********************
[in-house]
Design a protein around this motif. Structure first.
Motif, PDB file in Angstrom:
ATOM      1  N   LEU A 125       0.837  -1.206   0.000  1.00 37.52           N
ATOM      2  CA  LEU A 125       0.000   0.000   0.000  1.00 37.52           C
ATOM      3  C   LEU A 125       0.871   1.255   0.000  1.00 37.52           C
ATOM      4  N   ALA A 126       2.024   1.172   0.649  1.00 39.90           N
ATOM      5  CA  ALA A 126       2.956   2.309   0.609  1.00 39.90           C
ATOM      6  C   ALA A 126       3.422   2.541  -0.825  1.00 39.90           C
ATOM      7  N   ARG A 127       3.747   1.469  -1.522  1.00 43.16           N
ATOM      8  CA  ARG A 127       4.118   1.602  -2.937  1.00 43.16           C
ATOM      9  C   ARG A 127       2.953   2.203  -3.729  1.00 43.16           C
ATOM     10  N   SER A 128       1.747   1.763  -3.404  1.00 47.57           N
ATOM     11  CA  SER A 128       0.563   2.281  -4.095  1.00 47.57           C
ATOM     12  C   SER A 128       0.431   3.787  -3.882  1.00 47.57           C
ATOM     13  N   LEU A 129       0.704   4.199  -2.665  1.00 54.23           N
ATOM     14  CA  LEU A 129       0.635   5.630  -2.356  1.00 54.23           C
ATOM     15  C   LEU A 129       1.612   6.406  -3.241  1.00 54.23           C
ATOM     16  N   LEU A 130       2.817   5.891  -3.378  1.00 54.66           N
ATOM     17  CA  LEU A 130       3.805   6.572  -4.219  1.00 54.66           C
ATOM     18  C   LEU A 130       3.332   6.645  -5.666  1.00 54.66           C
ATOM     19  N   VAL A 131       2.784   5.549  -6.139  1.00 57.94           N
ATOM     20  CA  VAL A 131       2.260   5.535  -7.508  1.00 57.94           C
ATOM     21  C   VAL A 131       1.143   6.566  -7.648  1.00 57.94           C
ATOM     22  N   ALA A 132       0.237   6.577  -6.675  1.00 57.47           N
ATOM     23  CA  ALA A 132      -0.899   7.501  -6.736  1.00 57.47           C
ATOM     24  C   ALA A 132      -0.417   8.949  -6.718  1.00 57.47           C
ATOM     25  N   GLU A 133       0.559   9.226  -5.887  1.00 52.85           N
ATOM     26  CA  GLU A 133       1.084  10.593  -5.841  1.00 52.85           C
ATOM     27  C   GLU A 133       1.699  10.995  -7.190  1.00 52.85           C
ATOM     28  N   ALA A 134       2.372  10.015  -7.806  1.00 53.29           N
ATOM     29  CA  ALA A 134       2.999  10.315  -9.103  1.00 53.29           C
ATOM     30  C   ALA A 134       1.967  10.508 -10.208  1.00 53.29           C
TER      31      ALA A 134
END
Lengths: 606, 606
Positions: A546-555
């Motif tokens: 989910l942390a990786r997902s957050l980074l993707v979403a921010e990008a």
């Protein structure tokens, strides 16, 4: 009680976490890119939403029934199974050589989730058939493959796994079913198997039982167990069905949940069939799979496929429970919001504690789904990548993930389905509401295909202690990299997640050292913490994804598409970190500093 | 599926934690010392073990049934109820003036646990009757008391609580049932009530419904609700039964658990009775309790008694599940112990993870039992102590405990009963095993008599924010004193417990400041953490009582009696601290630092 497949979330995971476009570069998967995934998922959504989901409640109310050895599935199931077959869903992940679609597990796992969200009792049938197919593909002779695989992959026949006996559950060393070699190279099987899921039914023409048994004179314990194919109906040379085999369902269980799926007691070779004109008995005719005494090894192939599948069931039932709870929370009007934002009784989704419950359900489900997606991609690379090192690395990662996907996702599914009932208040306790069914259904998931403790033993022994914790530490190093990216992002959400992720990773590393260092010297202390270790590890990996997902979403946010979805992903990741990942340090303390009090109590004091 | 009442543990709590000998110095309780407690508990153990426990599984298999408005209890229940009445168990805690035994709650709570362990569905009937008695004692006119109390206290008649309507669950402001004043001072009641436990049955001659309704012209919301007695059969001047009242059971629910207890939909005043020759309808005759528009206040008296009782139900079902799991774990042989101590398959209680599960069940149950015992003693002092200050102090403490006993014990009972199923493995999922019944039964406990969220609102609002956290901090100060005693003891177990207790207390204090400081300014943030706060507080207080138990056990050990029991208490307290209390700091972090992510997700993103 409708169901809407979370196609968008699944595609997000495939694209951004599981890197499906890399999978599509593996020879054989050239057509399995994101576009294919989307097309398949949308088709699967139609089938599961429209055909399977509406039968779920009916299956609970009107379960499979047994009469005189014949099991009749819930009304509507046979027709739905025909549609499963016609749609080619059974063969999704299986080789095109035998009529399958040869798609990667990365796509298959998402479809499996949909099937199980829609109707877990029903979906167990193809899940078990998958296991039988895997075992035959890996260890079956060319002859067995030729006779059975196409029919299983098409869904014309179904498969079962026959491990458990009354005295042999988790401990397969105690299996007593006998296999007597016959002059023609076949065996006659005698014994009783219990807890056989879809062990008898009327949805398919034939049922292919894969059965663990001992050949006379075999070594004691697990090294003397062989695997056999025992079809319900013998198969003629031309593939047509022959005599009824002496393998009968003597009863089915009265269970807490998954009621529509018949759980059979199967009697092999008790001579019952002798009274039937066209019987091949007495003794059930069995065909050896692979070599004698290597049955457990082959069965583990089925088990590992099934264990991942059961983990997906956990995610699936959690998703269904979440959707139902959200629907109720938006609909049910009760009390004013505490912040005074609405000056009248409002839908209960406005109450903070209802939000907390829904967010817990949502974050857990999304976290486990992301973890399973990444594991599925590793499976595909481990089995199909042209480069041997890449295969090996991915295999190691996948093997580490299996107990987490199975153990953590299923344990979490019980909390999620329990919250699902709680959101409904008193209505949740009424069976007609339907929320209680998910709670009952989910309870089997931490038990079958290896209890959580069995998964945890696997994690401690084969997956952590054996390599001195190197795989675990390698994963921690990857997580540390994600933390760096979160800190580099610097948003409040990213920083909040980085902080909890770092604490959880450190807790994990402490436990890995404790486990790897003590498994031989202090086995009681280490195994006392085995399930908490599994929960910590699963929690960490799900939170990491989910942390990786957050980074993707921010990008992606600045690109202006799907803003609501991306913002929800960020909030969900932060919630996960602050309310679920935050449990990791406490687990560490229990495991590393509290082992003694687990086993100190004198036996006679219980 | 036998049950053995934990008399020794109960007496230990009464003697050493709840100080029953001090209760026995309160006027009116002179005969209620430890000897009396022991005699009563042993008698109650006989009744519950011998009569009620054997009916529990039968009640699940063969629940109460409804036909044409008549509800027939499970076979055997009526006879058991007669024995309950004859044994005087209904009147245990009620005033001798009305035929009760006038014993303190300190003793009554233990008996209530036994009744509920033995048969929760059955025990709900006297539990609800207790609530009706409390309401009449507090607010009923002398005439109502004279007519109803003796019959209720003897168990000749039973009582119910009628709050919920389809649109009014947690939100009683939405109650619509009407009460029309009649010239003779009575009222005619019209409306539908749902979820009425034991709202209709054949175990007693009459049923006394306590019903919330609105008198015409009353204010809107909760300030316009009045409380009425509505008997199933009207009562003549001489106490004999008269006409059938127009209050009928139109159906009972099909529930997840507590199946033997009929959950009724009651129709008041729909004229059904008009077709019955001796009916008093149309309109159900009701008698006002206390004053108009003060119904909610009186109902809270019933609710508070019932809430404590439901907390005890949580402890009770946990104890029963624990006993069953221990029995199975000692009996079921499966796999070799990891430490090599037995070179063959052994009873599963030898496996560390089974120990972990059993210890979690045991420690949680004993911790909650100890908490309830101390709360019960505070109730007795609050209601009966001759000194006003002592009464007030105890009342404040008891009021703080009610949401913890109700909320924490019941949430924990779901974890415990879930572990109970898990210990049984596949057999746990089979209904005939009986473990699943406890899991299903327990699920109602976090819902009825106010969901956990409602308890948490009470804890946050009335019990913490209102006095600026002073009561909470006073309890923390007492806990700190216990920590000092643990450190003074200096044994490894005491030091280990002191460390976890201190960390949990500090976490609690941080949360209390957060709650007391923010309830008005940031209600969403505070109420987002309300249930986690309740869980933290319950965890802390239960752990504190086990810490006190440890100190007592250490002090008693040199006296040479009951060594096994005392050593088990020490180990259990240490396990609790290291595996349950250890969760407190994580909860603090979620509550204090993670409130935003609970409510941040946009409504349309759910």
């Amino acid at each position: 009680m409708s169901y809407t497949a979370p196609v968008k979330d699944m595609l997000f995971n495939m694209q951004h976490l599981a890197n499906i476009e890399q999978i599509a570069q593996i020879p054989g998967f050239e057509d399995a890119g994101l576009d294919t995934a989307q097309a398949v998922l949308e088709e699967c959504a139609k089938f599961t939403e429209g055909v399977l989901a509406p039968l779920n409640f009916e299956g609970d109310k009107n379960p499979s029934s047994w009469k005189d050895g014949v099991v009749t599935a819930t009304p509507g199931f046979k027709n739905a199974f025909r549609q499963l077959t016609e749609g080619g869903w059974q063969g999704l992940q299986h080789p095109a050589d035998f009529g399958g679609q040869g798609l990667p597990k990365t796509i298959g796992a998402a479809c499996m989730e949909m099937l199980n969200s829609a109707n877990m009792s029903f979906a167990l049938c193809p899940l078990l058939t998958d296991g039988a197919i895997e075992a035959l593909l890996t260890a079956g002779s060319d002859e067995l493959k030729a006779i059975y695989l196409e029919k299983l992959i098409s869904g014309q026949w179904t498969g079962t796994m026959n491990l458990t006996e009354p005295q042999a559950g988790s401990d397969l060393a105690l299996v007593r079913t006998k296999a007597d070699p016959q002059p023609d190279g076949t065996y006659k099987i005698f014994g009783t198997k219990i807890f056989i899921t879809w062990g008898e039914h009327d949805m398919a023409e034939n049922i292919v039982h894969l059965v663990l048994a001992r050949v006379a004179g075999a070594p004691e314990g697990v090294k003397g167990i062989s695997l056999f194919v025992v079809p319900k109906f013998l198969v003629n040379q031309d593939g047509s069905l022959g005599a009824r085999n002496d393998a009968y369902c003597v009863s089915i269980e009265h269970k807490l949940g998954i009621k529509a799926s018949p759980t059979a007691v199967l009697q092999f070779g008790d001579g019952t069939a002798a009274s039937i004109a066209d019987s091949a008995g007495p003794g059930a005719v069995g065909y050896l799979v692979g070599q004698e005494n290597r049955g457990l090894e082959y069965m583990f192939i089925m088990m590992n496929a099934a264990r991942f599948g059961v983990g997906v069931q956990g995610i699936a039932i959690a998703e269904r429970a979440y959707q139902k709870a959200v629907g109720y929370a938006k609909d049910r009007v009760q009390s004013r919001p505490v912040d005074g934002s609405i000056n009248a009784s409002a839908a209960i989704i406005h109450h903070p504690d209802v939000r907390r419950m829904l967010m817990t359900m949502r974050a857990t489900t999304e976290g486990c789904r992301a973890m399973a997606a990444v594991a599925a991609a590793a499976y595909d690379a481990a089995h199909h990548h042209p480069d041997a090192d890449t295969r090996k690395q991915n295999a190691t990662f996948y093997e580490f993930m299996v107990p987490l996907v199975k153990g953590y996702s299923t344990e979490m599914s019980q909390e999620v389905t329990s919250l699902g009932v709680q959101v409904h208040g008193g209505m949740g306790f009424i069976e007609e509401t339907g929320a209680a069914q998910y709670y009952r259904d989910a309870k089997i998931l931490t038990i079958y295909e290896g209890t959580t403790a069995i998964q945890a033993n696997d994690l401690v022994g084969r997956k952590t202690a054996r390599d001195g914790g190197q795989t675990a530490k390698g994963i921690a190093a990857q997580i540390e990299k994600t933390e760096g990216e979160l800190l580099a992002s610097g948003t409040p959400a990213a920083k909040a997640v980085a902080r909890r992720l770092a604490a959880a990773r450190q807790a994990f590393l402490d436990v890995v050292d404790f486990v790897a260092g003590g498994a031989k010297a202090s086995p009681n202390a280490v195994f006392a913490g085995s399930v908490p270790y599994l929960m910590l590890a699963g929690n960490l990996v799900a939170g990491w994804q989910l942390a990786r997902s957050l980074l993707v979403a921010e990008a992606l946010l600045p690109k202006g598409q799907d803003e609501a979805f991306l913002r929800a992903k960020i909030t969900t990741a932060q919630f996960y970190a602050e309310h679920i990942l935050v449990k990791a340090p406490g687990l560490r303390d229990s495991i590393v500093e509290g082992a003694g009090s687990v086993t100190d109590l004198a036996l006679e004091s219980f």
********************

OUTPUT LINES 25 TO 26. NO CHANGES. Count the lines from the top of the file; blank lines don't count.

ATOM     22  N   ALA A 132       0.237   6.577  -6.675  1.00 57.47           N
ATOM     23  CA  ALA A 132      -0.899   7.501  -6.736  1.00 57.47           C